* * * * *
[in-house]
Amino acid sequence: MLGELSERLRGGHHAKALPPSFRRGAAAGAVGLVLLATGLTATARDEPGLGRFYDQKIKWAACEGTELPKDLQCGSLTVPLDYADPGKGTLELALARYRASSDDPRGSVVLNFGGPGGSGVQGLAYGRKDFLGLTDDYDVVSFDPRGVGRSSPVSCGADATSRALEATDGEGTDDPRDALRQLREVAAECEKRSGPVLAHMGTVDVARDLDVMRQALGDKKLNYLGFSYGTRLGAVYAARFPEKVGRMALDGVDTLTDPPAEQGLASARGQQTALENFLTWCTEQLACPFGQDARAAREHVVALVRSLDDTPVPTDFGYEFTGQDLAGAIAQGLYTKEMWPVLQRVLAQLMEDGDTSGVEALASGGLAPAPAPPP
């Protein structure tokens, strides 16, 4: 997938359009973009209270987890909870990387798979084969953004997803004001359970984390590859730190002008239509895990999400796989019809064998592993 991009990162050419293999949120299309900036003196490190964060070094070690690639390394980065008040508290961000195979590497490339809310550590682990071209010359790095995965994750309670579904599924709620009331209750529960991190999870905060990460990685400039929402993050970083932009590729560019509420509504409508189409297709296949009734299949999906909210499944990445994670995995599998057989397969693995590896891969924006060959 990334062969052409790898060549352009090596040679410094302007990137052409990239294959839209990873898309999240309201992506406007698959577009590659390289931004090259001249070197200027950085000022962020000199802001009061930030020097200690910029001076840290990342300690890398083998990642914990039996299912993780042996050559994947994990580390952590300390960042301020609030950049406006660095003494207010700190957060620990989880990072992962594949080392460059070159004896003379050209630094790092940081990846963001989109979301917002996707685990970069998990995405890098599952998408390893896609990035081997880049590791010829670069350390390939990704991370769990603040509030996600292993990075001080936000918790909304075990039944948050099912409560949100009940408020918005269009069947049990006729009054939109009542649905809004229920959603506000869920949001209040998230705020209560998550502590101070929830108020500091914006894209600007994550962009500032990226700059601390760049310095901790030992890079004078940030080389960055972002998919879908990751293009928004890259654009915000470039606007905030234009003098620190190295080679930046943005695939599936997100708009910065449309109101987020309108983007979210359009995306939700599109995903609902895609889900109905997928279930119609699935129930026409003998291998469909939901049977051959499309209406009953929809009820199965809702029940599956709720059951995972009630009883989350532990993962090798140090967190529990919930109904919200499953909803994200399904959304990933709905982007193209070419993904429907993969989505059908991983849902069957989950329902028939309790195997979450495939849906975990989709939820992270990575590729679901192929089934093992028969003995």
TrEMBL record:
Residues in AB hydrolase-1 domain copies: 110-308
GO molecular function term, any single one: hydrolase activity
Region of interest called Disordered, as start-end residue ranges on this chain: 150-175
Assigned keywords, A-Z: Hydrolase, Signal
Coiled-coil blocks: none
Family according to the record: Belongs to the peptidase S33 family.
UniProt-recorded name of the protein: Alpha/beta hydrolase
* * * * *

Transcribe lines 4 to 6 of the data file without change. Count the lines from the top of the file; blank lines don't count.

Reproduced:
TrEMBL record:
Residues in AB hydrolase-1 domain copies: 110-308
GO molecular function term, any single one: hydrolase activity